STORY BY ELLEN KOESTER
It has happened to the best of students. An assignment is accidently turned in late, students show up late to class or not at all… and then comes the time for excuses.
The alarm clock failed to go off, Blackboard went down, Papercut would not work or any number of explanations bubbles to the lips of students in the face of the oh-so-intimidating professor.
There are stereotypical justifications, but occasionally a student gets creative. Whether true or not, student excuses can sometimes be downright entertaining.
Political science professor Gayle Alberda has not had a problem with student excuses here at Drake University, but while working at previous institutions, she has gotten some interesting responses from students.
“(One student said) the same grandma died five times as a means to get out of testing or various assignments throughout a semester,” Alberda said. “Also, I actually had a student use ‘the dog ate my homework’ one time, and that had some legitimacy to it because when they turned it in, you could tell it had been roughed up by a dog.”
Occasionally, there will be some fabricated excuses that slip by a professor’s notice. It is more difficult to do this at a small school like Drake, however. The smaller class sizes allow for a closer relationship between professors and their students, making it more difficult for students to get away with lying. At larger state universities with much larger classes, it may be easier due to the distance between professors and students.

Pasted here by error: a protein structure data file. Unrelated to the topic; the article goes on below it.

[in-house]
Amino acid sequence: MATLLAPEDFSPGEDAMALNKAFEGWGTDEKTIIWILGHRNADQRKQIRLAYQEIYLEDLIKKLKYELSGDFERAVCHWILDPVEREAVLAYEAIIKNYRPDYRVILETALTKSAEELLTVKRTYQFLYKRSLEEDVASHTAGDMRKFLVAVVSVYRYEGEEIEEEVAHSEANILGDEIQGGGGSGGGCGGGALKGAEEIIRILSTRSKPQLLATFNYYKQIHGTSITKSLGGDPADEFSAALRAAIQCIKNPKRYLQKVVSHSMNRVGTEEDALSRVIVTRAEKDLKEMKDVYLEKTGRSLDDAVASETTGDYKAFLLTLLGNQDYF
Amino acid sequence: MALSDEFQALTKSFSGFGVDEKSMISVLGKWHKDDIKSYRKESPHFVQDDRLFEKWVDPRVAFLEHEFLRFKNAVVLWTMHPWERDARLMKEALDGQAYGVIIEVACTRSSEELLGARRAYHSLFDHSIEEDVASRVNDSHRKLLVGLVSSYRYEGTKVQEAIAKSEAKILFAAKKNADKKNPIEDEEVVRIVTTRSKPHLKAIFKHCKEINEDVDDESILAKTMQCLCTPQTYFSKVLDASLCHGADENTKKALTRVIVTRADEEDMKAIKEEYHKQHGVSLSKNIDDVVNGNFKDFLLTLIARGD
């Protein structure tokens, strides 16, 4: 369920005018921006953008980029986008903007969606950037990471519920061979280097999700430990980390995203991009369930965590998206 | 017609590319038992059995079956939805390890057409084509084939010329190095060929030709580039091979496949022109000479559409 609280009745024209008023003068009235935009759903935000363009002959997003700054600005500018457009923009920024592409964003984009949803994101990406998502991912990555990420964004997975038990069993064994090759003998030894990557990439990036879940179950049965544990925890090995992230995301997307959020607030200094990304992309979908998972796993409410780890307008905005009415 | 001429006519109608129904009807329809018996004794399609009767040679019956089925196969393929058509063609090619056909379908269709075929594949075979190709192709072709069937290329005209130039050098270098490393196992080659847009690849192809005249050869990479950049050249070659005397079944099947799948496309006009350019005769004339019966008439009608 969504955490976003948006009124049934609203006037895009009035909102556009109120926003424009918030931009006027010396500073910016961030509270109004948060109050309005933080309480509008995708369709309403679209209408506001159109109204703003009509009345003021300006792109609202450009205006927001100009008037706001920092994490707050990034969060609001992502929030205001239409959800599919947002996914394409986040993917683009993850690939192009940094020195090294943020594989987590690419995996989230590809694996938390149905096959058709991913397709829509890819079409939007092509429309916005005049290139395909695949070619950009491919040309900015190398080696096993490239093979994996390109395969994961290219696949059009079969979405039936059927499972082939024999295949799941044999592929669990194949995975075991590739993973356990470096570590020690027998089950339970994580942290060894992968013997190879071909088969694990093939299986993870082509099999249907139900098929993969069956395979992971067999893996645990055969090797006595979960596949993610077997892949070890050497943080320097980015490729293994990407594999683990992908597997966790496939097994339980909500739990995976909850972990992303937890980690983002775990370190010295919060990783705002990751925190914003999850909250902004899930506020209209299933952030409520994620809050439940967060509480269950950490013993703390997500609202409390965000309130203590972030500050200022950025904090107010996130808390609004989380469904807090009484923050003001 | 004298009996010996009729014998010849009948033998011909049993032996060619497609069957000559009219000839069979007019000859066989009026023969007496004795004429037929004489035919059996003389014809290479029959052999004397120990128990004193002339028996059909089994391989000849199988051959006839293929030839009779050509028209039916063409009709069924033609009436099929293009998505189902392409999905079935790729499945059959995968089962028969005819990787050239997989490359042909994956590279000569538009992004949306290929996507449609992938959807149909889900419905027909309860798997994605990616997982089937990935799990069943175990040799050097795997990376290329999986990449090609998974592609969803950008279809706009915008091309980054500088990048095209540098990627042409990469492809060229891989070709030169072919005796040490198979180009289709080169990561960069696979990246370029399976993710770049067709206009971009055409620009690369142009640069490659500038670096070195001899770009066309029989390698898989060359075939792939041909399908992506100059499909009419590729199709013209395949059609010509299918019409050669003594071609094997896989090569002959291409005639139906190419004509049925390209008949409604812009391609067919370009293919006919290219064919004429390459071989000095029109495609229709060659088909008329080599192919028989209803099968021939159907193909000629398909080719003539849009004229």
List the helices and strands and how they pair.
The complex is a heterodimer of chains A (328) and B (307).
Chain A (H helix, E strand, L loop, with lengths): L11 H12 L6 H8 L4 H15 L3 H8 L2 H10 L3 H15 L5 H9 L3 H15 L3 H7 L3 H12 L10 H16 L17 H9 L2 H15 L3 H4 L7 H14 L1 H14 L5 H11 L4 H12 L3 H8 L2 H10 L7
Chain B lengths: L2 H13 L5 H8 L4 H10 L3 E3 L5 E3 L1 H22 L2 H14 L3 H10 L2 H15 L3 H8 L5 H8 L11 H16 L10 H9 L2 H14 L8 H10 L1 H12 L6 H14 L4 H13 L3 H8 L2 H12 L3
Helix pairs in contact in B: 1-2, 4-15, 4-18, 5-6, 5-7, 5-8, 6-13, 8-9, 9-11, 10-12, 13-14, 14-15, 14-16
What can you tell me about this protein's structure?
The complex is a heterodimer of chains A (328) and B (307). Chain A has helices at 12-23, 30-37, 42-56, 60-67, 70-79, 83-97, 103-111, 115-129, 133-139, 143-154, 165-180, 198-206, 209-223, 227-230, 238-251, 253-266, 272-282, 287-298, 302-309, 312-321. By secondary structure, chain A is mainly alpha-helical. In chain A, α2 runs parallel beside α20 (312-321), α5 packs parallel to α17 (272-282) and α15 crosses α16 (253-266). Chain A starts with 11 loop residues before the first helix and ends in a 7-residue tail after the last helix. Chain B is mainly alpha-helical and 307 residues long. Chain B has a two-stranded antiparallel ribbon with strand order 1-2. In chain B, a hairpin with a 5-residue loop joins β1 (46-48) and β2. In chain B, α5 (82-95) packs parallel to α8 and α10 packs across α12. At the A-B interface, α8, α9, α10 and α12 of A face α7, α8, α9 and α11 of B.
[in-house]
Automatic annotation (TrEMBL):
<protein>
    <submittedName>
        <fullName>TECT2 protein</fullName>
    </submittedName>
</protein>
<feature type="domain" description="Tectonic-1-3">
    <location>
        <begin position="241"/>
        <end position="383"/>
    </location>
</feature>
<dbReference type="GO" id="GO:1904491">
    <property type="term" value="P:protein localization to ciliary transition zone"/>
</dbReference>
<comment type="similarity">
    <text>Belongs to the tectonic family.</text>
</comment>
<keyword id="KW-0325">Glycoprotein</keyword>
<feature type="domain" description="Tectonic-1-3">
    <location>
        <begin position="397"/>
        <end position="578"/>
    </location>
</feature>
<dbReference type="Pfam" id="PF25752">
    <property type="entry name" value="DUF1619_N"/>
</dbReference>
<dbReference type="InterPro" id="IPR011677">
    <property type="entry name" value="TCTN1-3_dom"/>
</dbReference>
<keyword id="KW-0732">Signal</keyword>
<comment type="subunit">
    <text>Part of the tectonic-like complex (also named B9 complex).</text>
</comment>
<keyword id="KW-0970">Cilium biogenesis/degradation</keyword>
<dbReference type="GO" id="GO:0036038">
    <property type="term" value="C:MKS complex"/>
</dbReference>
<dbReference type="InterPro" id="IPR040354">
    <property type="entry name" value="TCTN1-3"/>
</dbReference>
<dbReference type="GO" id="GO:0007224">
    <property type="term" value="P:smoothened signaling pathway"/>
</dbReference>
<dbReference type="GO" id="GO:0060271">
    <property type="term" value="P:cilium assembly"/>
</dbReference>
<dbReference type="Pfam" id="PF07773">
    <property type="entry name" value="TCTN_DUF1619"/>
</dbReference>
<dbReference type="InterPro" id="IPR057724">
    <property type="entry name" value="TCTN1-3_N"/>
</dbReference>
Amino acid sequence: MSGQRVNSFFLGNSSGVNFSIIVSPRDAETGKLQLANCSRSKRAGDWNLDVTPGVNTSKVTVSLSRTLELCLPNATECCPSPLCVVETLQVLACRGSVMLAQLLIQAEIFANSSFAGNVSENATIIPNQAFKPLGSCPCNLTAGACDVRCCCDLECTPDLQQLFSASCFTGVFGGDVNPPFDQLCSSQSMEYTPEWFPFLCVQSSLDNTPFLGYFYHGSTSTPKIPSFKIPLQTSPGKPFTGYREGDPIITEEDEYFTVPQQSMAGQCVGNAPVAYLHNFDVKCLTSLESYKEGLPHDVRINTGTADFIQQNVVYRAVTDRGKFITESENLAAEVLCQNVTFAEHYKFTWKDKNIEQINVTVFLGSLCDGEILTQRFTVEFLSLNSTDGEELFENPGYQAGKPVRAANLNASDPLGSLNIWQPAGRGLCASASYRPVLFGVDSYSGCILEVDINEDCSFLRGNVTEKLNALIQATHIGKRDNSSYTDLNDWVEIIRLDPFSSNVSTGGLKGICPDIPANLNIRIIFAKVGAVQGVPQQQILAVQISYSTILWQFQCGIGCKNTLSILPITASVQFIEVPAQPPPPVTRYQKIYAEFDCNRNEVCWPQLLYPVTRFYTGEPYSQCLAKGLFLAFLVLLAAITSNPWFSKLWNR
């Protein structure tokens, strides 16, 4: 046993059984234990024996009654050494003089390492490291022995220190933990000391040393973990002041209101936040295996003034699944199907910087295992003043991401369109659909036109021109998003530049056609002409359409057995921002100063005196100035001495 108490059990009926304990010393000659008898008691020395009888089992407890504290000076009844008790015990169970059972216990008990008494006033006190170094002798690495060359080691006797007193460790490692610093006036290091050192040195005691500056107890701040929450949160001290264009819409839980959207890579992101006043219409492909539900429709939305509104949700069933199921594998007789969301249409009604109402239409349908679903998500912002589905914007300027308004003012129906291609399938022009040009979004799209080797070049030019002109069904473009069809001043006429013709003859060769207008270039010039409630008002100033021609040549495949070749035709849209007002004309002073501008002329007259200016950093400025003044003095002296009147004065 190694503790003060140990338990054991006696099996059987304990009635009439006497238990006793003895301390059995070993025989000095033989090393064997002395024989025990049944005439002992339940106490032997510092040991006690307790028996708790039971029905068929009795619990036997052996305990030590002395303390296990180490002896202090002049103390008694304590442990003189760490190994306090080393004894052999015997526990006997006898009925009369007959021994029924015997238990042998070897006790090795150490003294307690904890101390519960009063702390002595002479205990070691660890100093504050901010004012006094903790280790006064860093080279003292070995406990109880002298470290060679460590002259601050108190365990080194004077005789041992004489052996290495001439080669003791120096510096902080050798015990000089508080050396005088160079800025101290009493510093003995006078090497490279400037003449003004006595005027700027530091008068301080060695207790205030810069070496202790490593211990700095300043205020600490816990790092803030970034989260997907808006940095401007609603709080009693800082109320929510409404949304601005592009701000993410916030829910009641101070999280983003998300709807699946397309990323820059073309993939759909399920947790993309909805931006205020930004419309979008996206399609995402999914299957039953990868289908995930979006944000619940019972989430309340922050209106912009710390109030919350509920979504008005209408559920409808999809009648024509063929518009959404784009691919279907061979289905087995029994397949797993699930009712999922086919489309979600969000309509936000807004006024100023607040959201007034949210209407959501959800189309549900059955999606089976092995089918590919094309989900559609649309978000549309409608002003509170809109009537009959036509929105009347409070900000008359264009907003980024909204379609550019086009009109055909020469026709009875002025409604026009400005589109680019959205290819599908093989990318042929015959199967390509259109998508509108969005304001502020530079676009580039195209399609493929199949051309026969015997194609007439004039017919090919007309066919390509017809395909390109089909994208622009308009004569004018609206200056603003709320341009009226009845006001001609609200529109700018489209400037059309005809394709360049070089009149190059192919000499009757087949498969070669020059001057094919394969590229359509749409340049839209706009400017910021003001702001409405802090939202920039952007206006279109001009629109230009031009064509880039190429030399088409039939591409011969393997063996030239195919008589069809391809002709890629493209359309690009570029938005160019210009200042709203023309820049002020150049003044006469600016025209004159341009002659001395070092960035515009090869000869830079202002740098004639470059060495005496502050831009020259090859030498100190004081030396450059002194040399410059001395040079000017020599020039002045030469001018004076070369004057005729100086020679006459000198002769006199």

“I think professors in general try to give students the benefit of the doubt,” Alberda said. “That being said, professors usually can tell when a student has fabricated an excuse, although not always. The beauty of a place like Drake is that we have much smaller class sizes and professors get to know the students. I think that when you get to know the students on a more intimate level because of class size, it makes it more difficult for students to (lie).”
David Courard-Hauri, an environmental science professor here at Drake, has also come across some student excuses that warrant a chuckle.
“In one of my classes, I give a quiz every Monday,” Courard-Hauri said. “A few years back, one of my students asked me if he could take the quiz on a different day because he had a court date during class; he had been given a speeding ticket that he wanted to fight. I asked if he had been speeding and he said ‘Oh, sure. But I’m hoping the cop won’t show up and I’ll get out of it.’ After that, I gave up trying to figure out if excuses were legitimate or not, and just stopped giving make-up quizzes.”
Courard-Hauri’s students now know whom to thank for the absence of make-up quizzes. This shows that lying to professors and making up excuses can leave a legacy, either for future students or for oneself.
“I think your behavior in class follows you throughout your academic career so when it comes to things like letter of recommendation to graduate school or for a job and stuff like that, if you pulled stunts like this it makes it harder for professors to want to sign on for that or write you a good one,” Alberda said. “I think that the biggest impact is that you’re building a reputation for yourself.”